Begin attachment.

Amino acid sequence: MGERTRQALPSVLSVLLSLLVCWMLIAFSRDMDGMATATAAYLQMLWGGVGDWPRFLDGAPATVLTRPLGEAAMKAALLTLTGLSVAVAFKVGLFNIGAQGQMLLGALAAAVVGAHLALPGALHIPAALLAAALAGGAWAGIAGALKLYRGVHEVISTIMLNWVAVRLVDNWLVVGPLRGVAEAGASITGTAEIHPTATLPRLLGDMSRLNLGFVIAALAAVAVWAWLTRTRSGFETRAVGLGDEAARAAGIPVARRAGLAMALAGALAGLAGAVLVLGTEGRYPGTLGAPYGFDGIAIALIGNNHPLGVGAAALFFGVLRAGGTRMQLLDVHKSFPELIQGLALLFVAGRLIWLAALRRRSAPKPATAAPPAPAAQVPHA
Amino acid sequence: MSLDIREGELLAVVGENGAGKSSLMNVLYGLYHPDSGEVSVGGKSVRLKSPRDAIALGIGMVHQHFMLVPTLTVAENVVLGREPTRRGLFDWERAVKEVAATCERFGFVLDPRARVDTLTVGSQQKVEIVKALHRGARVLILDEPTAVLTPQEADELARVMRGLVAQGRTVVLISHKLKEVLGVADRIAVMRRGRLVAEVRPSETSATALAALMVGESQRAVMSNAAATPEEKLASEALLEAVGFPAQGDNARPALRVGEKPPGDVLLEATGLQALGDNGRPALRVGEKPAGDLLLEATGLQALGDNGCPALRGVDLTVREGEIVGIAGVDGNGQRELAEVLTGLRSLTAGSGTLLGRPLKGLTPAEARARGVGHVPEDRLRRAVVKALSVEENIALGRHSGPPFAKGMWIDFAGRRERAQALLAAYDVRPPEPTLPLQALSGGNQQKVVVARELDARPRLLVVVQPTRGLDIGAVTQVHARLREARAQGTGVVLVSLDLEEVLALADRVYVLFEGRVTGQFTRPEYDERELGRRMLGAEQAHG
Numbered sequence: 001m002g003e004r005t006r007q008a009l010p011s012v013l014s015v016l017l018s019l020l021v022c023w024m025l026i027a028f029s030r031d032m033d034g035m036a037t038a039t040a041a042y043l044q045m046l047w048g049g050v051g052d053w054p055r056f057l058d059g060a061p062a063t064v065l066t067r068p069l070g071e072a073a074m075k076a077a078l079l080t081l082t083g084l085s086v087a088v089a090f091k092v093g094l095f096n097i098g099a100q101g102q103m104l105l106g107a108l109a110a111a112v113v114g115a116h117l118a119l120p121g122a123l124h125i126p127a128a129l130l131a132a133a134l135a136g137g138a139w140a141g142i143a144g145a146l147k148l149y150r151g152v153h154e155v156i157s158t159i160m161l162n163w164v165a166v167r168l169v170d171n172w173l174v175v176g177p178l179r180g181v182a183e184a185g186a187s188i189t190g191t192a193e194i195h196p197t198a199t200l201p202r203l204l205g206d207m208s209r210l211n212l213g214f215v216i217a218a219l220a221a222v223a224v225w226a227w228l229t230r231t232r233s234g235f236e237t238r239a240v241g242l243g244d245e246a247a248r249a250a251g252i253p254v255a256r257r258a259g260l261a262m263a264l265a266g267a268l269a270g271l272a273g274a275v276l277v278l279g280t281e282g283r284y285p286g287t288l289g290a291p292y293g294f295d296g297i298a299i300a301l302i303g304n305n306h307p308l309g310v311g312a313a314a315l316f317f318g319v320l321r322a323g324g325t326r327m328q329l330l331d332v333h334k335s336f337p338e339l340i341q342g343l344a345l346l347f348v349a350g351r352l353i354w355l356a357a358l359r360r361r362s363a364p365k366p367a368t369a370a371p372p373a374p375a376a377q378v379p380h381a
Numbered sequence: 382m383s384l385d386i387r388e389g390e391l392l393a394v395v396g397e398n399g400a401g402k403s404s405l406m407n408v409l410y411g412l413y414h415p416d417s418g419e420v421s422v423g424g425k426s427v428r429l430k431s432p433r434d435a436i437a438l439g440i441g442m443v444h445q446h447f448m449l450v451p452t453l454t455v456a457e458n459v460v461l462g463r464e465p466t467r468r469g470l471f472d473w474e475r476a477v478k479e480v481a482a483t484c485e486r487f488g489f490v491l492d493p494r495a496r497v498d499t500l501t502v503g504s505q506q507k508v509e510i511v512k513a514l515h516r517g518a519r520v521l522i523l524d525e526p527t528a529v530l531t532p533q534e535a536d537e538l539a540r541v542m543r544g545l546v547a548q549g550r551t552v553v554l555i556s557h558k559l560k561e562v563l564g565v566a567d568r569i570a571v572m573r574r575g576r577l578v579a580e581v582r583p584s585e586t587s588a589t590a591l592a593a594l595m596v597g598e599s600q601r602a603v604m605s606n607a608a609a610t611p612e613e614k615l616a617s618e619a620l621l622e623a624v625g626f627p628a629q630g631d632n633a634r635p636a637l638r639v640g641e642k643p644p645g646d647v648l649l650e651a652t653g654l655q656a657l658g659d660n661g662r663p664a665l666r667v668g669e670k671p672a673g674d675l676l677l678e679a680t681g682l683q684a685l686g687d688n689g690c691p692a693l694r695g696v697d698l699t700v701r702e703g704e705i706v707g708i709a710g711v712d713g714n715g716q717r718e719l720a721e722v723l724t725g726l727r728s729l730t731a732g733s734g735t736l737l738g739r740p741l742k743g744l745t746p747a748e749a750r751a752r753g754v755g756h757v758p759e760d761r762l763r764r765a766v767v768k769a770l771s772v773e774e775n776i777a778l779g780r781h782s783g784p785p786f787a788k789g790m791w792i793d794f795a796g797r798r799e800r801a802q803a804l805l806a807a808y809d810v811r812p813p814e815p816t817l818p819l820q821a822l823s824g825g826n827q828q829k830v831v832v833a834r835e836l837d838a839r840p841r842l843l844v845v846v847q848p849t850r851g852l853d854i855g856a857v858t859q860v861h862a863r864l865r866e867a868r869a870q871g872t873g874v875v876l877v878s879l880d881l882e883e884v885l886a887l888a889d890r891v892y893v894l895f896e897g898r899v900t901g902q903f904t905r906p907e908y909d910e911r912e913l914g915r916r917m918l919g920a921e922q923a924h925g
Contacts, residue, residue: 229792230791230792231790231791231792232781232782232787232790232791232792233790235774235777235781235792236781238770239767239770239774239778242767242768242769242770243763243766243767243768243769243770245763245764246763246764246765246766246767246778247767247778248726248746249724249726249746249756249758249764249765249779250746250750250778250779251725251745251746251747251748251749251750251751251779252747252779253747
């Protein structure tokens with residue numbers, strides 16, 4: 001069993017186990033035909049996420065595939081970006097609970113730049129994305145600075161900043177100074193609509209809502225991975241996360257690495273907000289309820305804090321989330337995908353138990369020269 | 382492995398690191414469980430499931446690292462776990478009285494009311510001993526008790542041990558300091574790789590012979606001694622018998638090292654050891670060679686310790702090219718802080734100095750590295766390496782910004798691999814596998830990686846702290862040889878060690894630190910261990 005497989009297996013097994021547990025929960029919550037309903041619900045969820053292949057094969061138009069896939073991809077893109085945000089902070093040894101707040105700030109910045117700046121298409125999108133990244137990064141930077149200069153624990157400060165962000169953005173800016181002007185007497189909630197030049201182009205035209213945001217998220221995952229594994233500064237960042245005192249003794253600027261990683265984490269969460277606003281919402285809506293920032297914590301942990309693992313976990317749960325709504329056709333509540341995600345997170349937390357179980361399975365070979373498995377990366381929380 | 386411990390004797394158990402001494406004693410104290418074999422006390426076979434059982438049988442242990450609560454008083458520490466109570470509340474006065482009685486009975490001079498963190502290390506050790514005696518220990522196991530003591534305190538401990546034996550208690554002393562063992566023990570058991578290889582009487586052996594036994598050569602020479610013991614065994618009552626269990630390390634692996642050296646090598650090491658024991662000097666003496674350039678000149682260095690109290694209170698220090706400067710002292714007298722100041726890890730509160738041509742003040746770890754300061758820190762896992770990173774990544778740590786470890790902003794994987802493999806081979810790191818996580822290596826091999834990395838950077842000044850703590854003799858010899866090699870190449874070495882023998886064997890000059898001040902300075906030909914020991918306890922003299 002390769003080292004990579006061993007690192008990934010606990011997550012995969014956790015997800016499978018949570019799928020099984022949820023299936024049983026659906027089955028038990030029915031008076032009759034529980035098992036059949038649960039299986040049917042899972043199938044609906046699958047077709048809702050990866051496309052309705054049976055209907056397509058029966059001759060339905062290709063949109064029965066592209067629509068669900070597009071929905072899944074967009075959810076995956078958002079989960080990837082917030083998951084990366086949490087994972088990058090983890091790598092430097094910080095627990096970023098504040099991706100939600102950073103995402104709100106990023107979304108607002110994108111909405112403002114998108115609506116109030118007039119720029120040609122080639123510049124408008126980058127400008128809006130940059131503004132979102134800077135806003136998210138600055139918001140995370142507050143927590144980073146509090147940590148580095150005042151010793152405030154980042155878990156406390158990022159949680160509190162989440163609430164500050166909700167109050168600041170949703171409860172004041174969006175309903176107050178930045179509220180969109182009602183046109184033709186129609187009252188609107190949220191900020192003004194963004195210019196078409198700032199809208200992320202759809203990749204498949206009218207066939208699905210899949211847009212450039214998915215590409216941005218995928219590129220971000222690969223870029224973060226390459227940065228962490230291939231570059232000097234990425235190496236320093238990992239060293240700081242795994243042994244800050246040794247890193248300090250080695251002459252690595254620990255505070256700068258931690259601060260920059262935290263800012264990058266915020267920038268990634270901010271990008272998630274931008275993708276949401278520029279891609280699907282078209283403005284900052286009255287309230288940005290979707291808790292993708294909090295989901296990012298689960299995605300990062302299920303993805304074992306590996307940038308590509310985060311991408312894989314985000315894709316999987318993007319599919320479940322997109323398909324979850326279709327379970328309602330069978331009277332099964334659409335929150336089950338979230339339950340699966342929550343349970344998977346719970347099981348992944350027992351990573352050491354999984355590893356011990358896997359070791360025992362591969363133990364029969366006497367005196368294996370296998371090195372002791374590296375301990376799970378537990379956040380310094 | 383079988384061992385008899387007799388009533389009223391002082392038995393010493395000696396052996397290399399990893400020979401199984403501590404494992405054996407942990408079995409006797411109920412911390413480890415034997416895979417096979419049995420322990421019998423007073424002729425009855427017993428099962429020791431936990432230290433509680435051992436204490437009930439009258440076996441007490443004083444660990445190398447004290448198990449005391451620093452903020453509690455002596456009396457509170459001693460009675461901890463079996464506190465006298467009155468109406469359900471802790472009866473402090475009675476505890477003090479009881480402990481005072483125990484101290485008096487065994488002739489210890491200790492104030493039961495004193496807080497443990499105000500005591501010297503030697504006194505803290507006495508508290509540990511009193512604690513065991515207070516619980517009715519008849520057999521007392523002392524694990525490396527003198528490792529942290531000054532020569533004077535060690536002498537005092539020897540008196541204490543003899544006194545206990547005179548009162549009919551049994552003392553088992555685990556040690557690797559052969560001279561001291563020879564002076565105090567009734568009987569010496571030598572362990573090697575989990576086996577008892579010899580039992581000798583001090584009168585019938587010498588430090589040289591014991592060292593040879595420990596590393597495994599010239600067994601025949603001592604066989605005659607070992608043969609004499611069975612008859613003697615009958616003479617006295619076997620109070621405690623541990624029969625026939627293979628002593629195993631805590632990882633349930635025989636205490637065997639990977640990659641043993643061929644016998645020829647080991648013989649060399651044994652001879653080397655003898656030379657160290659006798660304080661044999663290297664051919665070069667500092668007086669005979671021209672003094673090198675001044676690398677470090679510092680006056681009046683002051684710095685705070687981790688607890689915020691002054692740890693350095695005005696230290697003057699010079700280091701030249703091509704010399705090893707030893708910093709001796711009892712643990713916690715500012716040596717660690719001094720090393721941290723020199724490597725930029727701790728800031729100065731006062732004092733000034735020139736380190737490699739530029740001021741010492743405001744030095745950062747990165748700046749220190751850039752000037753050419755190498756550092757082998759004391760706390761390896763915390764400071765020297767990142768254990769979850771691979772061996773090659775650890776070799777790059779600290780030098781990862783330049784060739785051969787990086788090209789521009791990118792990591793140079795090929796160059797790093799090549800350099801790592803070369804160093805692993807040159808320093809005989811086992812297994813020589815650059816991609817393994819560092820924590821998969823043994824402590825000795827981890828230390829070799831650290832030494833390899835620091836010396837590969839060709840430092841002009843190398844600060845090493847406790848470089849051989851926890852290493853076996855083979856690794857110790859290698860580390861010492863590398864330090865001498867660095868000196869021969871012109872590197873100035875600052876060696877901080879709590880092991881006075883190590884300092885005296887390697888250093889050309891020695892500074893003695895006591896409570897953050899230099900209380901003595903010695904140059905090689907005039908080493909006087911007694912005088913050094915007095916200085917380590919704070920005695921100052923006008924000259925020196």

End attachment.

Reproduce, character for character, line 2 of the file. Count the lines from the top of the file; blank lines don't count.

Amino acid sequence: MSLDIREGELLAVVGENGAGKSSLMNVLYGLYHPDSGEVSVGGKSVRLKSPRDAIALGIGMVHQHFMLVPTLTVAENVVLGREPTRRGLFDWERAVKEVAATCERFGFVLDPRARVDTLTVGSQQKVEIVKALHRGARVLILDEPTAVLTPQEADELARVMRGLVAQGRTVVLISHKLKEVLGVADRIAVMRRGRLVAEVRPSETSATALAALMVGESQRAVMSNAAATPEEKLASEALLEAVGFPAQGDNARPALRVGEKPPGDVLLEATGLQALGDNGRPALRVGEKPAGDLLLEATGLQALGDNGCPALRGVDLTVREGEIVGIAGVDGNGQRELAEVLTGLRSLTAGSGTLLGRPLKGLTPAEARARGVGHVPEDRLRRAVVKALSVEENIALGRHSGPPFAKGMWIDFAGRRERAQALLAAYDVRPPEPTLPLQALSGGNQQKVVVARELDARPRLLVVVQPTRGLDIGAVTQVHARLREARAQGTGVVLVSLDLEEVLALADRVYVLFEGRVTGQFTRPEYDERELGRRMLGAEQAHG